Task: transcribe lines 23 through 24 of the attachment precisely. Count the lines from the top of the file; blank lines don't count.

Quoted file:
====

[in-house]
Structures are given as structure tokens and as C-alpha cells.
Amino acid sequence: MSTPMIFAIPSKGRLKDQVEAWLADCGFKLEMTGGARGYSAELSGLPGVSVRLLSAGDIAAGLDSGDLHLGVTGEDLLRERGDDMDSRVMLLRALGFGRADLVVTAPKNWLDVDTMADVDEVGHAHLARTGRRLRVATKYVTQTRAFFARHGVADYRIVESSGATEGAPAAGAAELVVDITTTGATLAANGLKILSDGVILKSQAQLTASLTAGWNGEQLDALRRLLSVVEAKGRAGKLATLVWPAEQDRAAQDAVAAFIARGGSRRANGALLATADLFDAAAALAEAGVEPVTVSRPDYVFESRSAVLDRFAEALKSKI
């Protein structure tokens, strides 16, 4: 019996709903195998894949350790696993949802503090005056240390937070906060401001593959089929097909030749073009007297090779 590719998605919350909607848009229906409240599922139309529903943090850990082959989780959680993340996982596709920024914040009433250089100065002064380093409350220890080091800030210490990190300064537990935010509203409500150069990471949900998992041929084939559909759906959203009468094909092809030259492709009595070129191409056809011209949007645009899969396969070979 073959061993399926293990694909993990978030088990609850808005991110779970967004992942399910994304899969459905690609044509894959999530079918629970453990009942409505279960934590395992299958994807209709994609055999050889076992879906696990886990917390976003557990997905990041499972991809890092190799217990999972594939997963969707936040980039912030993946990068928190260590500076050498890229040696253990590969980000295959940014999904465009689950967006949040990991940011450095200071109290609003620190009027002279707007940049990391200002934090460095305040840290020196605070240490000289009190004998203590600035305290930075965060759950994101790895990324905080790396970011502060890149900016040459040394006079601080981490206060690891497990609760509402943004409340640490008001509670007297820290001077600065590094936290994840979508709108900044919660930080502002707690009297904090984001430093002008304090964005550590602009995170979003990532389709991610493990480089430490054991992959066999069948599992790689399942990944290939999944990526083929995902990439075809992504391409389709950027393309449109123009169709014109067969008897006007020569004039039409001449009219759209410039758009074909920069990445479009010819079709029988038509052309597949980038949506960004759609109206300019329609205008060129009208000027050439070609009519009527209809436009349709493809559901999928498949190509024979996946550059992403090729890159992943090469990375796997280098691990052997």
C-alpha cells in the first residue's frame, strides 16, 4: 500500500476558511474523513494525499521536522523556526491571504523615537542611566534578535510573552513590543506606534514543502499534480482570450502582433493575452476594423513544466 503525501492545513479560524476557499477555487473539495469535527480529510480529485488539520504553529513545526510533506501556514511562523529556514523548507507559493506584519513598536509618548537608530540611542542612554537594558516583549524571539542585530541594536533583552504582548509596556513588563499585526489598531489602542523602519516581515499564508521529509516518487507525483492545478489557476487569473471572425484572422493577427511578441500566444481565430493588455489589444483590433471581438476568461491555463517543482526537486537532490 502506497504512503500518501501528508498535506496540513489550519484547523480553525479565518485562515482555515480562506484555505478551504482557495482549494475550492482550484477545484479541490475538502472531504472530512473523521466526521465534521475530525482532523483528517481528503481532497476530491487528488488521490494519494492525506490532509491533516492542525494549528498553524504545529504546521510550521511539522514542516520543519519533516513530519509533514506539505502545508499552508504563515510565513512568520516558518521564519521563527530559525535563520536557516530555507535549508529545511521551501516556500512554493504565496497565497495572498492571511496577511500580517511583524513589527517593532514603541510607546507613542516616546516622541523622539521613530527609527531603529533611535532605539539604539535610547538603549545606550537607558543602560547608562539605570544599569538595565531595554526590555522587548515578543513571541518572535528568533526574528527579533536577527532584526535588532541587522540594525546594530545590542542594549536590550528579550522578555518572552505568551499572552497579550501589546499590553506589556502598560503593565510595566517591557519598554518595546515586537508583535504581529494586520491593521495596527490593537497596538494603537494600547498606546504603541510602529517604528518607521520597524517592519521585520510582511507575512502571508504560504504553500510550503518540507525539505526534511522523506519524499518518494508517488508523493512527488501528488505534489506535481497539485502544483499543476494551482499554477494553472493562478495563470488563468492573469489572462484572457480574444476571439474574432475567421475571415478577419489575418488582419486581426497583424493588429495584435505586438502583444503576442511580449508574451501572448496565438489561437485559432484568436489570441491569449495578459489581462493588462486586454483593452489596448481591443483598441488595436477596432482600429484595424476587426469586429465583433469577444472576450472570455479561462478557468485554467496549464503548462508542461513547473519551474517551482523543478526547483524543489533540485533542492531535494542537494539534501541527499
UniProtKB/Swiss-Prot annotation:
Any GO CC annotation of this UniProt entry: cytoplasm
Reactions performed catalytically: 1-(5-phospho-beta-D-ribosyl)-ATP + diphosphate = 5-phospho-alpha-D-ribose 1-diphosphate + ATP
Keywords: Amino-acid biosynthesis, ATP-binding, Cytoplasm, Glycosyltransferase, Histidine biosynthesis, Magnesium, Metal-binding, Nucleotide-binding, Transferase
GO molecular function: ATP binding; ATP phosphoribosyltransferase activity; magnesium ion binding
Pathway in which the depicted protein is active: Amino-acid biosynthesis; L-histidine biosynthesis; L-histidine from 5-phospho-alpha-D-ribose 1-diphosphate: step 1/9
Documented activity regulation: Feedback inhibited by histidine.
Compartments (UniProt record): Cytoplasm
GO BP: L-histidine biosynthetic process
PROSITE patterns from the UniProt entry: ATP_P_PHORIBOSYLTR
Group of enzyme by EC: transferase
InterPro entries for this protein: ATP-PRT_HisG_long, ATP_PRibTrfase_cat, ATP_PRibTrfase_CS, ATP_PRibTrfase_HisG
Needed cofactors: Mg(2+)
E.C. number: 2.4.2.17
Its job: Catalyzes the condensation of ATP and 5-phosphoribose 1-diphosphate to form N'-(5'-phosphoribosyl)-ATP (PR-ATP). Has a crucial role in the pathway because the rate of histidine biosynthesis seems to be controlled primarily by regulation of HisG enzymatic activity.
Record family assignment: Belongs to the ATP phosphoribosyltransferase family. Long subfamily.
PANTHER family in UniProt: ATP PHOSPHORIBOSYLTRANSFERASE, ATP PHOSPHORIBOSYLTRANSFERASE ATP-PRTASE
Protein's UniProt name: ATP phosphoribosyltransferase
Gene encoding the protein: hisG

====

Protein's UniProt name: ATP phosphoribosyltransferase
Gene encoding the protein: hisG